Today in Hip-Hop: KRS-One Drops ‘The Return Of The Boom Bap’
On this day, Sept. 28, in hip-hop history…
1993: From transformative perspective, the death of Scott La Rock was in many ways the beginning of Kris Parker’s solo career. KRS-One did not decide to strike out without the Boogie Down Productions’ name until his 1993 solo debut, The Return Of The Boom Bap, generally considered one of the greatest hip-hop albums of all-time.
Taking a break from the production duties that he held on the majority of BDP’s LPs, KRS-One stepped aside and invited rising beat-makers DJ Premier, Showbiz and Kid Capri to produce the majority of the album, giving Return Of The Boom Bap a modern flavor that updated KRS-One for the 1990s. Lyrically, it might be KRS’s finest performances as the songwriting on tracks like “I Can’t Wake Up” and “Outta Here” are as sharp as ever.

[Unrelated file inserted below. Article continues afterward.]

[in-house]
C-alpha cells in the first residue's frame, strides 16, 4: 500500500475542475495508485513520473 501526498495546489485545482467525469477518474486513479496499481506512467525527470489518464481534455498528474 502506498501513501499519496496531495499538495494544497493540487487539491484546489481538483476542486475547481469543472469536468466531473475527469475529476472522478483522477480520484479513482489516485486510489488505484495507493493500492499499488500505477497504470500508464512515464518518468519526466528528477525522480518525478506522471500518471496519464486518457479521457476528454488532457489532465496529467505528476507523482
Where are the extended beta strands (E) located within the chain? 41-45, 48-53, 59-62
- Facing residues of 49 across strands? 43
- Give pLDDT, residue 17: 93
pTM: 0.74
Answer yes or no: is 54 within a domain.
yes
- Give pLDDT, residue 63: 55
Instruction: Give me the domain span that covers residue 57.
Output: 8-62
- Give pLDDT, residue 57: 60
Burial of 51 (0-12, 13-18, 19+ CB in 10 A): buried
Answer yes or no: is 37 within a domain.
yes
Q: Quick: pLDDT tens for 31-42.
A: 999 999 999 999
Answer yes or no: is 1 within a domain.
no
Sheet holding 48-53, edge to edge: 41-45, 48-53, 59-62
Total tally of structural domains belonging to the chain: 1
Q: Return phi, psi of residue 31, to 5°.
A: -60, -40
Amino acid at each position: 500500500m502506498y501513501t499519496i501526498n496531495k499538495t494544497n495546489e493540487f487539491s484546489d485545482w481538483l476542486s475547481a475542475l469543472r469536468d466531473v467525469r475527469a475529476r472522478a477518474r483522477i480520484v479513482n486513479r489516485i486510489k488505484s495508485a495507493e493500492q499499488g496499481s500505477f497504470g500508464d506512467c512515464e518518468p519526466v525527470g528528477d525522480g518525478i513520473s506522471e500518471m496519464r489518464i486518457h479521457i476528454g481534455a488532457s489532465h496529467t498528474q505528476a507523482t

As typical of KRS-One’s discography, the album deals with many social and political themes and also contains some of the KRS-One’s most memorable songs including the fiery “Sound Of Da Police” and fierce “Black Cop,” two songs that tackle the intersection of law enforcement and institutionalized racism in the country.
In the 20 years since the album’s release, The Return Of The Boom Bap, is often considered one of KRS-One’s greatest achievements and an integral piece of the hip-hop canon.